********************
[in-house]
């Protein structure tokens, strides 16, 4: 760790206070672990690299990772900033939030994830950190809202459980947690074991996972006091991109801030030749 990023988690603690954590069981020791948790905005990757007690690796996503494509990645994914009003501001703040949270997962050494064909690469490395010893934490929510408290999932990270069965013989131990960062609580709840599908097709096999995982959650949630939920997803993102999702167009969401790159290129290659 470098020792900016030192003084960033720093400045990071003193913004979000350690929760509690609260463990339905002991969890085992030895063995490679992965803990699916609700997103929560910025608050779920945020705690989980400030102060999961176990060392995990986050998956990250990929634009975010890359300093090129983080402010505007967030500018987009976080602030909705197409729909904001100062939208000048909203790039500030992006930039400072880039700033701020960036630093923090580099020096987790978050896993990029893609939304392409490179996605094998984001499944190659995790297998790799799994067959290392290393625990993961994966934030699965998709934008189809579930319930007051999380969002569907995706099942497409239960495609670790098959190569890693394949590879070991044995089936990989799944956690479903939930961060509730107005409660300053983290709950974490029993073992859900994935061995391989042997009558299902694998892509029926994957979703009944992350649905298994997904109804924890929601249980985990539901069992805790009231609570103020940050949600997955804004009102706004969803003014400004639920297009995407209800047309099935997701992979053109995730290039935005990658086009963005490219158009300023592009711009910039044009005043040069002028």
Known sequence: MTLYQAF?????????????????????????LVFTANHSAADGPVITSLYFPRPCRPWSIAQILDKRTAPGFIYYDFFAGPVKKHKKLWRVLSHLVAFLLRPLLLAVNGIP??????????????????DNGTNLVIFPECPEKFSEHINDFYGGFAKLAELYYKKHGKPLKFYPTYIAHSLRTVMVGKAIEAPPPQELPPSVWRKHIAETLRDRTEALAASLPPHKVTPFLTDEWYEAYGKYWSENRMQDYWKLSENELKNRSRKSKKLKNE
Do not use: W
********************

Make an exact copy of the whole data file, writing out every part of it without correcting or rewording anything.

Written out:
[in-house]
């Protein structure tokens, strides 16, 4: 760790206070672990690299990772900033939030994830950190809202459980947690074991996972006091991109801030030749 990023988690603690954590069981020791948790905005990757007690690796996503494509990645994914009003501001703040949270997962050494064909690469490395010893934490929510408290999932990270069965013989131990960062609580709840599908097709096999995982959650949630939920997803993102999702167009969401790159290129290659 470098020792900016030192003084960033720093400045990071003193913004979000350690929760509690609260463990339905002991969890085992030895063995490679992965803990699916609700997103929560910025608050779920945020705690989980400030102060999961176990060392995990986050998956990250990929634009975010890359300093090129983080402010505007967030500018987009976080602030909705197409729909904001100062939208000048909203790039500030992006930039400072880039700033701020960036630093923090580099020096987790978050896993990029893609939304392409490179996605094998984001499944190659995790297998790799799994067959290392290393625990993961994966934030699965998709934008189809579930319930007051999380969002569907995706099942497409239960495609670790098959190569890693394949590879070991044995089936990989799944956690479903939930961060509730107005409660300053983290709950974490029993073992859900994935061995391989042997009558299902694998892509029926994957979703009944992350649905298994997904109804924890929601249980985990539901069992805790009231609570103020940050949600997955804004009102706004969803003014400004639920297009995407209800047309099935997701992979053109995730290039935005990658086009963005490219158009300023592009711009910039044009005043040069002028």
Known sequence: MTLYQAF?????????????????????????LVFTANHSAADGPVITSLYFPRPCRPWSIAQILDKRTAPGFIYYDFFAGPVKKHKKLWRVLSHLVAFLLRPLLLAVNGIP??????????????????DNGTNLVIFPECPEKFSEHINDFYGGFAKLAELYYKKHGKPLKFYPTYIAHSLRTVMVGKAIEAPPPQELPPSVWRKHIAETLRDRTEALAASLPPHKVTPFLTDEWYEAYGKYWSENRMQDYWKLSENELKNRSRKSKKLKNE
Do not use: W